Student Perspectives on Engagement

What approaches to teaching and learning engage students? In last week’s most-clicked ASCD SmartBrief story, teacher, author, and all-around cool lady Heather Wolpert-Gawron put that question to her 8th graders–all 220 of them. Their answers are a good gut-check for lesson planning, or for trouble-shooting persistent classroom managment issues.

Students said they were more likely to be engaged in learning if lessons involved movement, working with peers, working with technology, visuals, and student choice. Students wanted teachers who are clearly passionate about teaching, use a variety of instructional modes and strategies, build relationships with and listen to students, and have fun.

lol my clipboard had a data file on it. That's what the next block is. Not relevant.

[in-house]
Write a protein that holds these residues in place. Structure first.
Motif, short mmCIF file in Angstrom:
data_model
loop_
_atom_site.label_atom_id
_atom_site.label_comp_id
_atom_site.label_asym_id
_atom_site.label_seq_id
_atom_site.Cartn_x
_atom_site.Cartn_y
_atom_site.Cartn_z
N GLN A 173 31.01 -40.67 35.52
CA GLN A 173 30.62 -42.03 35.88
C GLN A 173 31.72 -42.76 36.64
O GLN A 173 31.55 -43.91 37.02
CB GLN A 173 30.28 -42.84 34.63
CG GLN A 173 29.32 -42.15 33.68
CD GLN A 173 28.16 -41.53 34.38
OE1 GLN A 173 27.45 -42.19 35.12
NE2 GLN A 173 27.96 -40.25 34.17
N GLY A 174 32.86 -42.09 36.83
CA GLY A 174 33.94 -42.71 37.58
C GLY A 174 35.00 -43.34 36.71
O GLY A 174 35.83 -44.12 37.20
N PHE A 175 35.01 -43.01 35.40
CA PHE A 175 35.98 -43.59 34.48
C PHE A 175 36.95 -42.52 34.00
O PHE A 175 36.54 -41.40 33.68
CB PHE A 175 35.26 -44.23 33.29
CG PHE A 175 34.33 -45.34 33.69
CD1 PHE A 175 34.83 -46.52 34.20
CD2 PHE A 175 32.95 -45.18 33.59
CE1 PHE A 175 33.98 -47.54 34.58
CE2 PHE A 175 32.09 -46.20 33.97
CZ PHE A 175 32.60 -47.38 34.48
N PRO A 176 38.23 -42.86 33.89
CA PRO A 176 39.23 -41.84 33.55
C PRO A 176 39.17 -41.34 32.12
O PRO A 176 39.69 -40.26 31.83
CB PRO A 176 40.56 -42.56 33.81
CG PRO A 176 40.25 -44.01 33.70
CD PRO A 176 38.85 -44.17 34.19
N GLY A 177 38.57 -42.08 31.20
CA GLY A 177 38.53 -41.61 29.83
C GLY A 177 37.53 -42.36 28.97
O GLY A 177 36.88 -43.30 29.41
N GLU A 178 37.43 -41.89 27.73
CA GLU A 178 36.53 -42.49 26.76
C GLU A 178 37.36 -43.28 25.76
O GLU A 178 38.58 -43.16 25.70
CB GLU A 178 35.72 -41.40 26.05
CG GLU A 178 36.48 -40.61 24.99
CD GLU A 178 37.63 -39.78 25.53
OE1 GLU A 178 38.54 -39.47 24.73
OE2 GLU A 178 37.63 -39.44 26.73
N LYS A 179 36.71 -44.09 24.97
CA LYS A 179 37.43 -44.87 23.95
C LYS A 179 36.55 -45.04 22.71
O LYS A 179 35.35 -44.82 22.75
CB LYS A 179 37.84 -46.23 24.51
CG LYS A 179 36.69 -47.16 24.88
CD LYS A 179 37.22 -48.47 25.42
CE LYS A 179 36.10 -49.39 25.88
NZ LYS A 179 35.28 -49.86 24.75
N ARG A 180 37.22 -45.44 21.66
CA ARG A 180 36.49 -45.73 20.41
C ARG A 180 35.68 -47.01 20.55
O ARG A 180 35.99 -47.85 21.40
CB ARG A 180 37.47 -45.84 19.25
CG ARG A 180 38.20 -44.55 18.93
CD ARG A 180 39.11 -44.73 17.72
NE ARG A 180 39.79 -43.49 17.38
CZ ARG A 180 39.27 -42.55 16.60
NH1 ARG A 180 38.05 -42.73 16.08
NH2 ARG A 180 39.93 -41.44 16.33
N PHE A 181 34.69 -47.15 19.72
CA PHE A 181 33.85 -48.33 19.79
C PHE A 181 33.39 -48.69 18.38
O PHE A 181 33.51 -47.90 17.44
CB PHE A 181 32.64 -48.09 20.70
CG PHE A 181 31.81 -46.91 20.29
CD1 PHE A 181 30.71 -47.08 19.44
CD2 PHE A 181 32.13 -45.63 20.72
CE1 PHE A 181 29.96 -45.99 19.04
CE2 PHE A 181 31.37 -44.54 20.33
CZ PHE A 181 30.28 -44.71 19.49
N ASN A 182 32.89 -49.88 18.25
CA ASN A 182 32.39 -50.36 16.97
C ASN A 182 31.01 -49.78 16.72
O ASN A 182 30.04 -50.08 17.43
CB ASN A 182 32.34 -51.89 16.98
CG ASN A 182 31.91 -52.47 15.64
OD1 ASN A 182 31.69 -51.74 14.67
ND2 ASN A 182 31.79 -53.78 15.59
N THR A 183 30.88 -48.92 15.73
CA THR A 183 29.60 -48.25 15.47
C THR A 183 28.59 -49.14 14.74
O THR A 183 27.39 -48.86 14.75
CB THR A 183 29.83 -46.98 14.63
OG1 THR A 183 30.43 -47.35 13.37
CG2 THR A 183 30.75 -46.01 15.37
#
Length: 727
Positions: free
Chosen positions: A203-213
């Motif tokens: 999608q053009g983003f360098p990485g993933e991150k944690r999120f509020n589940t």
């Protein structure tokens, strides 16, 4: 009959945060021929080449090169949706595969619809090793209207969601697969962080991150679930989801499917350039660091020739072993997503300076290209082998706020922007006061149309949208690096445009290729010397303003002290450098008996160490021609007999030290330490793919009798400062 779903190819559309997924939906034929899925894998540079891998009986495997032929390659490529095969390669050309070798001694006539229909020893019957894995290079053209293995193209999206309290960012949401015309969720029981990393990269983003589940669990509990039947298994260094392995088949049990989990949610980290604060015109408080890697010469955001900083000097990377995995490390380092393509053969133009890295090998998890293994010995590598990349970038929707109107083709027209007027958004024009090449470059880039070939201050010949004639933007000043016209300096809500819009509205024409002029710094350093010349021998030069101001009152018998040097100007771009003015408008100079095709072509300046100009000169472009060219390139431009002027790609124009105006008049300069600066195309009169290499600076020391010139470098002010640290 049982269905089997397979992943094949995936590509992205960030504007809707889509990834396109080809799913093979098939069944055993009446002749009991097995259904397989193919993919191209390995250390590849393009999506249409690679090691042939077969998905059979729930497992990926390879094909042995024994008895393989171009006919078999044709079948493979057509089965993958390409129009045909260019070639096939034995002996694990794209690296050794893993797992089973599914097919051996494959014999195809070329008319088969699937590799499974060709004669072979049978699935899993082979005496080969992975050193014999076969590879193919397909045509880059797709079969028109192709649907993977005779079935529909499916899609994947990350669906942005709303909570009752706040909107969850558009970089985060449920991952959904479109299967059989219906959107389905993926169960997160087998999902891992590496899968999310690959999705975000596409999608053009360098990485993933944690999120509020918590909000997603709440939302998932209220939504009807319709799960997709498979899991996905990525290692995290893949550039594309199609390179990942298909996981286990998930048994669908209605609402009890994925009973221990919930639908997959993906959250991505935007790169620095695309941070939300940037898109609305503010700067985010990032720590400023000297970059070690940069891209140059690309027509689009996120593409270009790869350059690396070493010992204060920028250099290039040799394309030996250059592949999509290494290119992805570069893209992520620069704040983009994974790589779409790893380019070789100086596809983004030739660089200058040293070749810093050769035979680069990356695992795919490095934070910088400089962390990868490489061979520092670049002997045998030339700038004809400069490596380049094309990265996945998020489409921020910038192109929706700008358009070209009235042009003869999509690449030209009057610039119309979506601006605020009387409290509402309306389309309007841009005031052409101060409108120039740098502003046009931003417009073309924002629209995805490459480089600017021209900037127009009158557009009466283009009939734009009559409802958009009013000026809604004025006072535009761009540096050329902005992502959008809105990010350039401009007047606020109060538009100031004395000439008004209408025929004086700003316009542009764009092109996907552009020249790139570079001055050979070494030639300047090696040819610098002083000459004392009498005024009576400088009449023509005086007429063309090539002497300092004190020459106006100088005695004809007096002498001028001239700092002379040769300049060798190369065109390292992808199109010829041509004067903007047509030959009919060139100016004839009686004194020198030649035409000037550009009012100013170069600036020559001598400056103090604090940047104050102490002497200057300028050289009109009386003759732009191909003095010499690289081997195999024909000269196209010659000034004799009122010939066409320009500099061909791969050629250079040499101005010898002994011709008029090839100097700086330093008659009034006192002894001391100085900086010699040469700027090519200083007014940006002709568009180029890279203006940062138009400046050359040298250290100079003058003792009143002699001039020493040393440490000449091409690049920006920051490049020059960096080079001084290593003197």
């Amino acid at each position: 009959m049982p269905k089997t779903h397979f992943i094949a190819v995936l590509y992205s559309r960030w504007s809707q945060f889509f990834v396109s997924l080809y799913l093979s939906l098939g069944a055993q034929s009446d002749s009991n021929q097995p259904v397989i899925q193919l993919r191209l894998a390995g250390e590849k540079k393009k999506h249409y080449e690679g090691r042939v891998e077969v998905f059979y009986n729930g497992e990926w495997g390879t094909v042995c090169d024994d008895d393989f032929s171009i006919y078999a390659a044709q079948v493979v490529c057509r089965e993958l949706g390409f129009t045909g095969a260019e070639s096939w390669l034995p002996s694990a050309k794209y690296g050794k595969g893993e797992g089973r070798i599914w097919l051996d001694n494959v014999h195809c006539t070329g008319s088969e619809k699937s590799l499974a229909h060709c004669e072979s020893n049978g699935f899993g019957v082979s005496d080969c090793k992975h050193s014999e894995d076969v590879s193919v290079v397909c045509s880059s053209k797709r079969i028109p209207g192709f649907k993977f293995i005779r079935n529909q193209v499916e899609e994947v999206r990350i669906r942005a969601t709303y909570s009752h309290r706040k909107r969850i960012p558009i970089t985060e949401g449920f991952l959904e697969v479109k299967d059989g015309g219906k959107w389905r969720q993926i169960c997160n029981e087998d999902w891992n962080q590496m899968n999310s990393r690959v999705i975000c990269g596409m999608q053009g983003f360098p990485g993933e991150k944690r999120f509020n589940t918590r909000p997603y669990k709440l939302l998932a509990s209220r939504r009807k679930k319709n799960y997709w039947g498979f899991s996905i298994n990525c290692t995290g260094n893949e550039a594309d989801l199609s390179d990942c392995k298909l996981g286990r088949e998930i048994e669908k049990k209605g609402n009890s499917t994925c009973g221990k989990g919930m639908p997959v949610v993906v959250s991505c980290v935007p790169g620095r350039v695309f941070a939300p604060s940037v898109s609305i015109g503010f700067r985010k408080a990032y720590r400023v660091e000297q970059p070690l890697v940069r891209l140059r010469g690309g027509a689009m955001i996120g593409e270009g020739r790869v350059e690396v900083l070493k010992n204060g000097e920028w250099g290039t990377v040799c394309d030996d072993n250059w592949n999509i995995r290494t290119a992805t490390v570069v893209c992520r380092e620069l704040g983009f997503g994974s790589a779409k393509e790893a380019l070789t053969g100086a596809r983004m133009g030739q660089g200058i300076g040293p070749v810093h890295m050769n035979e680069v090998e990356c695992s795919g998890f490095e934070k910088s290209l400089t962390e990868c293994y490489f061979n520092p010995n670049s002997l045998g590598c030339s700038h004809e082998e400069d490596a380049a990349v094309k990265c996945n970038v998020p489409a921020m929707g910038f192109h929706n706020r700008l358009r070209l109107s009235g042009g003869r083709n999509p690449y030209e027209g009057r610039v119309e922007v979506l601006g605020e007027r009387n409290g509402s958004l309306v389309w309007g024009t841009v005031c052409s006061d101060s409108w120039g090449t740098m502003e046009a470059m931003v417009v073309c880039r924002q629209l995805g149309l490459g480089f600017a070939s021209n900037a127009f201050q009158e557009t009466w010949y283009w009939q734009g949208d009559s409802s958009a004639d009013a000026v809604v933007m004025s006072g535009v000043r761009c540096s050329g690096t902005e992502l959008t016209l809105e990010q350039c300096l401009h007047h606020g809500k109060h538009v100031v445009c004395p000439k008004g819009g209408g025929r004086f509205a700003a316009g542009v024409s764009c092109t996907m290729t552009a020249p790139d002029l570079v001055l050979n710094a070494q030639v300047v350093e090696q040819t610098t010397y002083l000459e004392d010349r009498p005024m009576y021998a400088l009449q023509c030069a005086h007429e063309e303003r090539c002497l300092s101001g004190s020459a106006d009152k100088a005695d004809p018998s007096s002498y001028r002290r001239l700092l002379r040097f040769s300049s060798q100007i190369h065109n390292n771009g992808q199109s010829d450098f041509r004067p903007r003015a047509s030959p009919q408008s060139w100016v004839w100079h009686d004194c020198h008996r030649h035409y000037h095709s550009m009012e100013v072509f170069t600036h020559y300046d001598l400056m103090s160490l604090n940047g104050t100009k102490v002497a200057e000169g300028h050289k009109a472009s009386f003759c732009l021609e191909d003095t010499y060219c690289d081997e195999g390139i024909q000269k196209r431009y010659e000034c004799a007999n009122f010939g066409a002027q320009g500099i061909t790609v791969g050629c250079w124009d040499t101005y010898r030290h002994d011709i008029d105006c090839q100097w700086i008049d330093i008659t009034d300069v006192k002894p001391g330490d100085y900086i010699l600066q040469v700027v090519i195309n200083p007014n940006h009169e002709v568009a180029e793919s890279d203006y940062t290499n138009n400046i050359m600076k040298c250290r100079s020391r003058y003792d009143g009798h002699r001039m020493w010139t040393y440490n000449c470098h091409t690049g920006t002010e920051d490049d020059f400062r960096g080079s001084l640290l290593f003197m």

Anecdotally, Wolpert-Gawron’s findings correlate with results from the 81,499 students surveyed in Indiana University’s High School Survey of Student Engagement (HSSSE):  

When asked what methods of teaching and learning would excite them in school, students favored discussion and debate (83 percent); group projects (83 percent); role-playing (69 percent); and art and drama activities (67 percent) over activities in which they do not play an active role. Nearly one-half of students indicated that they were “not at all excited” by teacher lectures.

Explore free ASCD resources on student engagement:

  • Engagement is one of the five tenets of ASCD’s vision for a whole child education. You can find tons of resources under the “Engaged” category of the Whole Child Blog
  • Watch the webinar and download the handouts for “Why Aren’t My Students Paying Attention?” hosted by Judy Willis. More brain and learning webinars by Willis can be accessed here.